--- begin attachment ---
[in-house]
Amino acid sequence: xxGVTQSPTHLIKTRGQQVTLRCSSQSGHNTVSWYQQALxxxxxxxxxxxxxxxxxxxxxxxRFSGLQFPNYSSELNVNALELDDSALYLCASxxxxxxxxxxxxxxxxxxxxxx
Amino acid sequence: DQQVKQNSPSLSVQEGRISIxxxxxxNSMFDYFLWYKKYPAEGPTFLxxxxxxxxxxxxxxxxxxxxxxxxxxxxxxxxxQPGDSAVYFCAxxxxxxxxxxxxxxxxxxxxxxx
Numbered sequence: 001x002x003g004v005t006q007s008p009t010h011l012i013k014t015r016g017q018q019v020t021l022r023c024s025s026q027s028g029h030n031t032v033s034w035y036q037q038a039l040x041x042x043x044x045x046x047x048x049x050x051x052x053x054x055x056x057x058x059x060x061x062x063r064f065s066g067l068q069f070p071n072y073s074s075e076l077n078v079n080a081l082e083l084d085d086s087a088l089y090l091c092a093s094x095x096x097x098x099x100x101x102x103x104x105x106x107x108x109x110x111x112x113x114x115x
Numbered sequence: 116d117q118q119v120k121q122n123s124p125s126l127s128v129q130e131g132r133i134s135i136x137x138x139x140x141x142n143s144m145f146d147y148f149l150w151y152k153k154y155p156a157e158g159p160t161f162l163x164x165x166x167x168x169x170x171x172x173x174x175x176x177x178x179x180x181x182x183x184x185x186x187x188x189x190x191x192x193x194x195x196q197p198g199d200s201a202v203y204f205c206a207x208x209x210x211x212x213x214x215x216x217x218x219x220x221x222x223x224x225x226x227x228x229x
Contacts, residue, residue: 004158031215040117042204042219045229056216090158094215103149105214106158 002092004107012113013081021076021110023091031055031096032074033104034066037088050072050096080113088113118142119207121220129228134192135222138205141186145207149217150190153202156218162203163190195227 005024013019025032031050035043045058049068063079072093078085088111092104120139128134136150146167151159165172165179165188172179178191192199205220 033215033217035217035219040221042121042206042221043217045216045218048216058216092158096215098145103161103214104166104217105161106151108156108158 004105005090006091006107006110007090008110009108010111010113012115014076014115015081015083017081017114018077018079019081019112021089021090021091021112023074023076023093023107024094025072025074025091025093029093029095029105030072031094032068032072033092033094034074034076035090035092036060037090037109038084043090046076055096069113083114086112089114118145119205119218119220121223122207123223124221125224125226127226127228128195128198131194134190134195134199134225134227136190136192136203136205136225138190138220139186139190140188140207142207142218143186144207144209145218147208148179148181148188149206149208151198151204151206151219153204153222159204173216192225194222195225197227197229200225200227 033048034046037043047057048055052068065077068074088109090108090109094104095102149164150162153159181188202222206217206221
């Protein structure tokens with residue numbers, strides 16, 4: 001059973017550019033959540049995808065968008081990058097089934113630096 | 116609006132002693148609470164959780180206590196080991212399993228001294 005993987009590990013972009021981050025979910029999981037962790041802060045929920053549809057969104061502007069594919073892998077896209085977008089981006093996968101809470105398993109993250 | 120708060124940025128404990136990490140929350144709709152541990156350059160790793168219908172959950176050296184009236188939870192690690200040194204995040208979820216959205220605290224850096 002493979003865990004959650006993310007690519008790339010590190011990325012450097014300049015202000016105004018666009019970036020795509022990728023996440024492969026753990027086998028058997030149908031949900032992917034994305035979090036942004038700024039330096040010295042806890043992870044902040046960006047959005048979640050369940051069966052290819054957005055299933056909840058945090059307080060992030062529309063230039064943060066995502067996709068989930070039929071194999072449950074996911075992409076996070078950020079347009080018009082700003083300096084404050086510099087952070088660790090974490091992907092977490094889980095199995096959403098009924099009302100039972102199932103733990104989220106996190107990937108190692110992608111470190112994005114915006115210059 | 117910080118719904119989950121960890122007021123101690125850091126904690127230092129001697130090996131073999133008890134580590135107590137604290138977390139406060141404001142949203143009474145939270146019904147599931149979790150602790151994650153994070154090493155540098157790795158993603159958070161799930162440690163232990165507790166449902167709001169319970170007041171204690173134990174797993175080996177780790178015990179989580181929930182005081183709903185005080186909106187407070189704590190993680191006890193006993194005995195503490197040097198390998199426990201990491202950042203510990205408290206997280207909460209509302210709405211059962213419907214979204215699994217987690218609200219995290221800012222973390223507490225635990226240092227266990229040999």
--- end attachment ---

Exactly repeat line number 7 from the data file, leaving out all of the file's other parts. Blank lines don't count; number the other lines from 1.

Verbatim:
């Protein structure tokens with residue numbers, strides 16, 4: 001059973017550019033959540049995808065968008081990058097089934113630096 | 116609006132002693148609470164959780180206590196080991212399993228001294 005993987009590990013972009021981050025979910029999981037962790041802060045929920053549809057969104061502007069594919073892998077896209085977008089981006093996968101809470105398993109993250 | 120708060124940025128404990136990490140929350144709709152541990156350059160790793168219908172959950176050296184009236188939870192690690200040194204995040208979820216959205220605290224850096 002493979003865990004959650006993310007690519008790339010590190011990325012450097014300049015202000016105004018666009019970036020795509022990728023996440024492969026753990027086998028058997030149908031949900032992917034994305035979090036942004038700024039330096040010295042806890043992870044902040046960006047959005048979640050369940051069966052290819054957005055299933056909840058945090059307080060992030062529309063230039064943060066995502067996709068989930070039929071194999072449950074996911075992409076996070078950020079347009080018009082700003083300096084404050086510099087952070088660790090974490091992907092977490094889980095199995096959403098009924099009302100039972102199932103733990104989220106996190107990937108190692110992608111470190112994005114915006115210059 | 117910080118719904119989950121960890122007021123101690125850091126904690127230092129001697130090996131073999133008890134580590135107590137604290138977390139406060141404001142949203143009474145939270146019904147599931149979790150602790151994650153994070154090493155540098157790795158993603159958070161799930162440690163232990165507790166449902167709001169319970170007041171204690173134990174797993175080996177780790178015990179989580181929930182005081183709903185005080186909106187407070189704590190993680191006890193006993194005995195503490197040097198390998199426990201990491202950042203510990205408290206997280207909460209509302210709405211059962213419907214979204215699994217987690218609200219995290221800012222973390223507490225635990226240092227266990229040999």